“Time heals what reason cannot!”
“You can’t use up creativity. The more you use, the more you have.”
– Maya Angelou
“Both skepticism and wonder are skills that need honing and practice. Their harmonious marriage within the mind of every schoolchild ought to be a principal goal of public education. I’d love to see such a domestic felicity portrayed in the media, television especially: a community of people really working the mix — full of wonder, generously open to every notion, dismissing nothing except for good reason, but at the same time, and as second nature, demanding stringent standards of evidence — and these standards applied with at least as much rigor to what they hold dear as to what they are tempted to reject with impunity.”
– Carl Sagan
“When someone shows you who they are, believe them the first time.”
– Maya Angelou
“Success is liking yourself, liking what you do, and liking how you do it.”
– Maya Angelou
“I don’t think there’s an artist of any value who doesn’t doubt what they’re doing.”
– Francis Ford Coppola
“Your legacy is every life you have ever touched.”
– Maya Angelou
“Rigor is the key to overcoming obstacles and completing tasks—and good mood doesn’t improve problem-solving, which involves judgments that almost by necessity won’t feel good: critique and evaluation, experimentation and failure. The stress that arises from problems may be unpleasant but it also motivates us to complete tasks, Davis says. In other words, negative emotions are actually beneficial to the creative process.”
“My fan mail is enormous – everybody is under six.”
– Alexander Calder
From the book Art is the highest form of hope
“Be a practical dreamer, backed by action.”
– Bruce Lee
The fact is: sometimes you just have to do things for no other reason than to do them. Do them because you can. Because they exist. As George Mallory said when asked why he wanted to climb Mt. Everest: “Because it’s there.”
(via my favorite newsletter)
“Stop letting people who do so little for you control so much of your mind, feelings, and emotions.”
– Will Smith
“Are you feeling a bit shaken, maybe stirred, maybe fearful and doubtful and completely utterly, wildly terrified? Good. Keep going.”
– Victoria Erickson
“Before you can go to the Bahamas for a week, don’t you first need to learn how to tolerate an entire elevator ride without checking your email?”
This Slate article explains why we need to take more vacation and offers examples of how some companies get more of their employees to do so. Definitely something you don’t need to teach the Swiss, but seems to be the case here in the US.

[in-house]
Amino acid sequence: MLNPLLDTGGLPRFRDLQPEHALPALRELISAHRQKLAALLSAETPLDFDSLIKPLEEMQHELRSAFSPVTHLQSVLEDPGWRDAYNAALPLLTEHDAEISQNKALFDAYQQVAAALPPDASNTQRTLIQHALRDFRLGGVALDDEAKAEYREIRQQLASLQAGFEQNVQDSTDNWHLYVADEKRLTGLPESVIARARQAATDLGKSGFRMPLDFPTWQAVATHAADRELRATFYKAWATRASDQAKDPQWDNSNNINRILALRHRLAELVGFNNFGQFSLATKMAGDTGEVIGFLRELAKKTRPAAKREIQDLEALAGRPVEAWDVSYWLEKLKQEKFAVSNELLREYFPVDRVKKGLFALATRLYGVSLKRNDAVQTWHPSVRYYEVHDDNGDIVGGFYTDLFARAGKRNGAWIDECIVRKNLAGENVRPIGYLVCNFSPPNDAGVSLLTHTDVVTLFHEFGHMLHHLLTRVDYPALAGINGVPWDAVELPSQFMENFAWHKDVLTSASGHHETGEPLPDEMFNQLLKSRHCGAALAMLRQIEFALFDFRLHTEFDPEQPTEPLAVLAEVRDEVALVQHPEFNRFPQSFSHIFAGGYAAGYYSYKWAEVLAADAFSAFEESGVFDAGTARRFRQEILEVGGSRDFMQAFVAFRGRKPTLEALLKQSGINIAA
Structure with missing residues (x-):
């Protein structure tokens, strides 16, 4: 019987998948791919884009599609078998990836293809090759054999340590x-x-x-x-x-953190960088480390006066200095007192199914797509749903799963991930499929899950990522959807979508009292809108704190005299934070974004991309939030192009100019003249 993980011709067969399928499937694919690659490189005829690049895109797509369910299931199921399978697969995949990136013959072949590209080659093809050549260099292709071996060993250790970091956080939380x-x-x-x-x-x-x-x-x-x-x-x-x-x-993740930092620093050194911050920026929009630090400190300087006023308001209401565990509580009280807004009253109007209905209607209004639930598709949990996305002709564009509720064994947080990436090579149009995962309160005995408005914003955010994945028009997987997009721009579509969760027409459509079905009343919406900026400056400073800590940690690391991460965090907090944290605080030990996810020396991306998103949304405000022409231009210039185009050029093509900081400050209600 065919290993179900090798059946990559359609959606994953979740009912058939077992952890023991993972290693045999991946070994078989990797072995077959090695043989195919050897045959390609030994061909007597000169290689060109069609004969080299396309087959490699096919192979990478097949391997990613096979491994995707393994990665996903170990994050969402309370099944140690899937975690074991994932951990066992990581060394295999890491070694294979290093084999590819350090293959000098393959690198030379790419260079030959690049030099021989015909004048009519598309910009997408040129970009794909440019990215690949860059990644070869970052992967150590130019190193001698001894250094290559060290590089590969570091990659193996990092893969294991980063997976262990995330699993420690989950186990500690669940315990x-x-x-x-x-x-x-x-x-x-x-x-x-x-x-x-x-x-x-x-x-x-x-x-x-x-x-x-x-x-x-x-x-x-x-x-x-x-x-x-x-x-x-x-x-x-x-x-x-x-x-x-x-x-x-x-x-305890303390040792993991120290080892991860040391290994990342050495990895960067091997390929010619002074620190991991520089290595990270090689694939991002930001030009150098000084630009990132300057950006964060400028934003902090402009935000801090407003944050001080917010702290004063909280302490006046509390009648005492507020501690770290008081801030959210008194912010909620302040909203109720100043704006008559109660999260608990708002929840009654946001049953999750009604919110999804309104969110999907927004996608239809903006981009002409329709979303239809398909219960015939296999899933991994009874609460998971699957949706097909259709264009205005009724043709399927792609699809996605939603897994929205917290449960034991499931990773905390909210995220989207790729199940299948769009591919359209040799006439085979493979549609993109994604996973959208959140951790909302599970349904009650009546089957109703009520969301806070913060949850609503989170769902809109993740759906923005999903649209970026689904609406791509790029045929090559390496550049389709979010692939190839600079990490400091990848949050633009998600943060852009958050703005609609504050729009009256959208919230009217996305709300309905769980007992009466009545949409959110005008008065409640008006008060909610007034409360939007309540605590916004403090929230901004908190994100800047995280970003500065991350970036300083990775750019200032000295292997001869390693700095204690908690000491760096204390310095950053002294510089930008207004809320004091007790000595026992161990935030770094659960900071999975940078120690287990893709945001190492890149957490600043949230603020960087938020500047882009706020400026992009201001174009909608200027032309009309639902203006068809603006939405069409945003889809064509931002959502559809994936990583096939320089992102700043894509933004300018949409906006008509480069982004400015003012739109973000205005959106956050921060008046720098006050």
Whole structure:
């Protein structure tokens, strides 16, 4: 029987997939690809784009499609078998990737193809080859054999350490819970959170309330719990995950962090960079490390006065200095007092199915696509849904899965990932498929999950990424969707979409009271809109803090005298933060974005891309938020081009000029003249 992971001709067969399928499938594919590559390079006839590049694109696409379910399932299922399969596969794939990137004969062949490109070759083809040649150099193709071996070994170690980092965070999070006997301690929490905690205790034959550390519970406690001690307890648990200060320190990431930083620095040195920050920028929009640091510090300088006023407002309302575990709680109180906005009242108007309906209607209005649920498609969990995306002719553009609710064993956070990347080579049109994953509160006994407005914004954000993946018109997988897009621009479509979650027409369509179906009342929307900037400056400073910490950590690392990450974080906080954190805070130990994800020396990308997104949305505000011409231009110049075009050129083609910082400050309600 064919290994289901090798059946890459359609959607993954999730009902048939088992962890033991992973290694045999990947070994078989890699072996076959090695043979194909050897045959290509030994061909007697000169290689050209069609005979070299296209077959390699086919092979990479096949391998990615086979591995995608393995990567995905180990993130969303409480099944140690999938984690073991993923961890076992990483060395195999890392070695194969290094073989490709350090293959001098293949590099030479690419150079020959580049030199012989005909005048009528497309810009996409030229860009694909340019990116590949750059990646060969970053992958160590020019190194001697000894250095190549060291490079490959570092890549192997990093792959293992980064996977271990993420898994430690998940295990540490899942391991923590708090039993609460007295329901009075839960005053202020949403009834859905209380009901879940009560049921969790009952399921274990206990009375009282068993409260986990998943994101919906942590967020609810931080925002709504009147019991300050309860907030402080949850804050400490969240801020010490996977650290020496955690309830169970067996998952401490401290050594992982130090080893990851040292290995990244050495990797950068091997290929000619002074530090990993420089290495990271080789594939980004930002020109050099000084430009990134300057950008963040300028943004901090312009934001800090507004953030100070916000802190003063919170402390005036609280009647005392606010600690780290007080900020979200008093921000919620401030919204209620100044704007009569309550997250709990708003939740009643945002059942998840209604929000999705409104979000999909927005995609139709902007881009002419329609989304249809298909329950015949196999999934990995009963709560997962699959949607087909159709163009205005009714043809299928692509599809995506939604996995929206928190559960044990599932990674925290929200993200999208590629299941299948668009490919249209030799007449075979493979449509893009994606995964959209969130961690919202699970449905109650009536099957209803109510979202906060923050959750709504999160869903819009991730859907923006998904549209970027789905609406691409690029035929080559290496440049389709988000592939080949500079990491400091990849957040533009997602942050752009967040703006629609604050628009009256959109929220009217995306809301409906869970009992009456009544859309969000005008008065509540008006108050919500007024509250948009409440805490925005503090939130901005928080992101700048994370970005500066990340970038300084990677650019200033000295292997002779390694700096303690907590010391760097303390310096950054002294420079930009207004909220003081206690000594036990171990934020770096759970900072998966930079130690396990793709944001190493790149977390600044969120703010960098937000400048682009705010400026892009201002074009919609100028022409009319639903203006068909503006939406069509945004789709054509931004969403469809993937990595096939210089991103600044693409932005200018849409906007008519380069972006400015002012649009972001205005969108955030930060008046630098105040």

So much better if parents remember they don't own their children, merely borrow them from the universe for a few years.
— Alain de Botton (@alaindebotton) October 23, 2016
“We are ever-blooming, relevant people of all ages who live in the present time, know what’s happening in the world, stay current with technology, and have friends of all ages. We get involved, stay curious, mentor others, are passionate, compassionate, creative, confident, collaborative, global-minded, risk takers who continue to push up against our growing edge and know how to hustle. We comprise an inclusive, enduring mindset, not a divisive demographic.”
Gina Pell on the Perennials, the growing group of people who aren’t bound by age in the way most people in society used to be.
“Be generous with your time and your resources and with giving credit and, especially, with your words. It’s so much easier to be a critic than a celebrator. Always remember there is a human being on the other end of every exchange and behind every cultural artifact being critiqued. To understand and be understood, those are among life’s greatest gifts, and every interaction is an opportunity to exchange them.”
Part of a post by Maria Popova in which she shares 10 Learnings from 10 Years of Brain Pickings.
“Everything is instant gratification and the problem is too many people have applied that instant gratification to their careers and to their lives.”
— Simon Sinek
“Hope is the only thing stronger than fear.”
– Suzanne Collins
“One of the reasons that so many of the tasks on our to-do lists end up woefully undone is because we have to go to meetings, and we have to do email; they create their own urgency. But if you want to make sure that you regularly accomplish meaningful work—the type of work that helps you advance your career, push forward important projects, or expand your skill set—you have to make time for it. (Productivity guru Stephen Covey calls this putting the “big rocks” in first.)
It so obvious yet I have never done it, but carving out time for ‘meaningful work’ is the first thing I’ll start doing after reading this article by Jocelyn G. Klei.
“It seems that two qualities are necessary if a great artist is to remain creative to the end of a long life; he must on the one hand retain an abnormally keen awareness of life, he must never grow complacent, never be content with life, must always demand the impossible and when he cannot have it, must despair. The burden of the mystery must be with him day and night.”